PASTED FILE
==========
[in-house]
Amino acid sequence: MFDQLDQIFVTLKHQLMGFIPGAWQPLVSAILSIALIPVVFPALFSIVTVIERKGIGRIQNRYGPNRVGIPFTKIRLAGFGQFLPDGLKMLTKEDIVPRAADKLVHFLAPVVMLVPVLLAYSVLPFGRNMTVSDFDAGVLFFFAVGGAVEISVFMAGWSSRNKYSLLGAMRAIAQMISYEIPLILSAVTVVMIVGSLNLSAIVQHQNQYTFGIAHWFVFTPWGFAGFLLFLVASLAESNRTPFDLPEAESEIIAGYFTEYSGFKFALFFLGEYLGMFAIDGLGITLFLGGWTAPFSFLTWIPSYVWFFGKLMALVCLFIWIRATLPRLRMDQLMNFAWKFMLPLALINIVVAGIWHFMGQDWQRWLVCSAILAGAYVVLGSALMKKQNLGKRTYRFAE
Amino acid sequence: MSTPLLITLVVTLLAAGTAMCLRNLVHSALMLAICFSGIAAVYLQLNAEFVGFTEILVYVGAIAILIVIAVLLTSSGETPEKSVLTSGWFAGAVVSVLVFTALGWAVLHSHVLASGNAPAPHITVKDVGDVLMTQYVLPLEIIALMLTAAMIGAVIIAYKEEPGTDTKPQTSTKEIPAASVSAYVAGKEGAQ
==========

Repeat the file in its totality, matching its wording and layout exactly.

[in-house]
Amino acid sequence: MFDQLDQIFVTLKHQLMGFIPGAWQPLVSAILSIALIPVVFPALFSIVTVIERKGIGRIQNRYGPNRVGIPFTKIRLAGFGQFLPDGLKMLTKEDIVPRAADKLVHFLAPVVMLVPVLLAYSVLPFGRNMTVSDFDAGVLFFFAVGGAVEISVFMAGWSSRNKYSLLGAMRAIAQMISYEIPLILSAVTVVMIVGSLNLSAIVQHQNQYTFGIAHWFVFTPWGFAGFLLFLVASLAESNRTPFDLPEAESEIIAGYFTEYSGFKFALFFLGEYLGMFAIDGLGITLFLGGWTAPFSFLTWIPSYVWFFGKLMALVCLFIWIRATLPRLRMDQLMNFAWKFMLPLALINIVVAGIWHFMGQDWQRWLVCSAILAGAYVVLGSALMKKQNLGKRTYRFAE
Amino acid sequence: MSTPLLITLVVTLLAAGTAMCLRNLVHSALMLAICFSGIAAVYLQLNAEFVGFTEILVYVGAIAILIVIAVLLTSSGETPEKSVLTSGWFAGAVVSVLVFTALGWAVLHSHVLASGNAPAPHITVKDVGDVLMTQYVLPLEIIALMLTAAMIGAVIIAYKEEPGTDTKPQTSTKEIPAASVSAYVAGKEGAQ